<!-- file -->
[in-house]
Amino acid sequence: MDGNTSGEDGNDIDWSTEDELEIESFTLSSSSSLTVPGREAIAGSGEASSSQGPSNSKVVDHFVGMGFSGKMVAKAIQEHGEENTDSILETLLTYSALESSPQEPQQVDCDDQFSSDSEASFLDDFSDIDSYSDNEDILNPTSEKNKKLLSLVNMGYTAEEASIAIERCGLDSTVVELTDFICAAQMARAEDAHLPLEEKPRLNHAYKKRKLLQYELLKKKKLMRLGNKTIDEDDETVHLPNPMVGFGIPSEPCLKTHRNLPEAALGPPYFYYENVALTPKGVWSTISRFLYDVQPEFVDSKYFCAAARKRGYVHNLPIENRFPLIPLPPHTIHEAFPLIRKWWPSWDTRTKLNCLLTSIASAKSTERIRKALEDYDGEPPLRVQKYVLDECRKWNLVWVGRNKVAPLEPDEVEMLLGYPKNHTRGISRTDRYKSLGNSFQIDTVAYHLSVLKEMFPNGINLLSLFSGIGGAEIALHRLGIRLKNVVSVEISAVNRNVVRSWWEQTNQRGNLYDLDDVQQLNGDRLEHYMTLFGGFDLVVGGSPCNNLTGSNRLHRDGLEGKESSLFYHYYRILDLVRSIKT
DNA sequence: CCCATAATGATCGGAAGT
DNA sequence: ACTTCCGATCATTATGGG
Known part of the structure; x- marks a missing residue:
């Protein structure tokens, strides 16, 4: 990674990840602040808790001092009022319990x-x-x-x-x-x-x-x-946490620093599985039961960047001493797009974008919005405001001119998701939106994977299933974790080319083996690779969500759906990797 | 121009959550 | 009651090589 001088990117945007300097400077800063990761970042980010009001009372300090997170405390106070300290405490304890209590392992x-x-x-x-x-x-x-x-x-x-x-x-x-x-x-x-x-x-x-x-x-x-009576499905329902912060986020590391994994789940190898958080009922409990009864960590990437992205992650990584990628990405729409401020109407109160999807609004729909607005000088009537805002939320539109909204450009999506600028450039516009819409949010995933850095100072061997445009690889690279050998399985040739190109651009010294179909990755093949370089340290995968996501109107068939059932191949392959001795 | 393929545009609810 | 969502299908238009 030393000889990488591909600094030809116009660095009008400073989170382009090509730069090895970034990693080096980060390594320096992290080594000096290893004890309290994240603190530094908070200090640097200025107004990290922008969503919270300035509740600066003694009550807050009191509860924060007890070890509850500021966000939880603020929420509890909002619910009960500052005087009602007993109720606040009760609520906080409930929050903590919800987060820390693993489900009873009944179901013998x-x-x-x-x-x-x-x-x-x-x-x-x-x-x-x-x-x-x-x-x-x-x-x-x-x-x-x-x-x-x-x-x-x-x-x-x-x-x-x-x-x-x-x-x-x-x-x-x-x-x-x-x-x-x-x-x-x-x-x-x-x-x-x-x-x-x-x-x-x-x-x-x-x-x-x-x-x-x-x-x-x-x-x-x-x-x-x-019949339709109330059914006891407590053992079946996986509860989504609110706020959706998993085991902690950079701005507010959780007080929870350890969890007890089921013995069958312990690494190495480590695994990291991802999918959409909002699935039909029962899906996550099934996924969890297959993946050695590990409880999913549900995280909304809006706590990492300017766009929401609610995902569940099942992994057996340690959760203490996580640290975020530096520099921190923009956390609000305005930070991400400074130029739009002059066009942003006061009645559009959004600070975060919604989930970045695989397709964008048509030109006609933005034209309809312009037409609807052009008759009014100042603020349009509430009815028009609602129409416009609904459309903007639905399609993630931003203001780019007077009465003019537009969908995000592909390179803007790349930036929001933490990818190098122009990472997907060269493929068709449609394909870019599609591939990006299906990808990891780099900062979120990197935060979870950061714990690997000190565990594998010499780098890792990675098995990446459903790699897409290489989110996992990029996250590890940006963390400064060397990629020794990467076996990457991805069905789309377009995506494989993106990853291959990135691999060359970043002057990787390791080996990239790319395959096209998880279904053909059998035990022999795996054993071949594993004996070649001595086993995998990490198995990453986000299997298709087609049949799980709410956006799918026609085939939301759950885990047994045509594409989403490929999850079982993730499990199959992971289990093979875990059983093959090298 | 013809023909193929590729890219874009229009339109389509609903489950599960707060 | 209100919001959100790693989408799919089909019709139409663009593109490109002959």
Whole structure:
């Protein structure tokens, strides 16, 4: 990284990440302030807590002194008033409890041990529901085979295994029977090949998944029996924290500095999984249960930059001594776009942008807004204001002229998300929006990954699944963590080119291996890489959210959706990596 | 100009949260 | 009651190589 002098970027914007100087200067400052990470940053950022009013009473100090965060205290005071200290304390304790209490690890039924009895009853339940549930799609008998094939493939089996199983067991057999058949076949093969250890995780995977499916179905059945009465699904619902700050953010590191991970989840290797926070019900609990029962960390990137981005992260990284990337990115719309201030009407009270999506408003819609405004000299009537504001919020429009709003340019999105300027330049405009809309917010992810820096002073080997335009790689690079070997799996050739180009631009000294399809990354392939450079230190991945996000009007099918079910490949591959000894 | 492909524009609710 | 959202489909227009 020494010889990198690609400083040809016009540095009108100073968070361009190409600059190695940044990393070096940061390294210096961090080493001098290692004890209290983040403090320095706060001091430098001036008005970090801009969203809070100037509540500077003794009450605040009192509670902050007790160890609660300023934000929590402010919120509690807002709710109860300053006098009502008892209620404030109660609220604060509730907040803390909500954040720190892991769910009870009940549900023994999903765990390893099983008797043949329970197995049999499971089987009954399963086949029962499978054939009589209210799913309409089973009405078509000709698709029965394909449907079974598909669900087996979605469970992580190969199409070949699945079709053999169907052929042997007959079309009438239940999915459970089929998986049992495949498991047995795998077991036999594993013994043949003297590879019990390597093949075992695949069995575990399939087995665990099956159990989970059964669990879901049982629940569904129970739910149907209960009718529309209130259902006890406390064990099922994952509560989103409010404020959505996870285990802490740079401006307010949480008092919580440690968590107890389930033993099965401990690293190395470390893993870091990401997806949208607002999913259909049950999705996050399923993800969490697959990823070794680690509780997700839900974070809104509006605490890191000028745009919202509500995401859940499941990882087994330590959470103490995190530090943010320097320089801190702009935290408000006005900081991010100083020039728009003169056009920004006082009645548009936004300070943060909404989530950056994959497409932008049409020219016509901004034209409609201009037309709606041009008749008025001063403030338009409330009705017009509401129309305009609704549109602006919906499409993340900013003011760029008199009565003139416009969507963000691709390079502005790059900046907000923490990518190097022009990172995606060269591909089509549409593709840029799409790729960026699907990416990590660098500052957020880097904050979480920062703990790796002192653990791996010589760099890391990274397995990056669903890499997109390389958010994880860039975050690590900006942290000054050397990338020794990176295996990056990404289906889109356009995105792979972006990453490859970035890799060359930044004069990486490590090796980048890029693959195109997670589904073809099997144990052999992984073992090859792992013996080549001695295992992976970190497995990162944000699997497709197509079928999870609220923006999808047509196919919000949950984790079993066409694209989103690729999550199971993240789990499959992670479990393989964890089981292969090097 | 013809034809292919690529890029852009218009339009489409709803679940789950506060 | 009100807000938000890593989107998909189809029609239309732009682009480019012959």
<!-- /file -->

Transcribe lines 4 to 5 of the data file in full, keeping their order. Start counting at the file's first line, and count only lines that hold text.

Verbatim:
DNA sequence: ACTTCCGATCATTATGGG
Known part of the structure; x- marks a missing residue: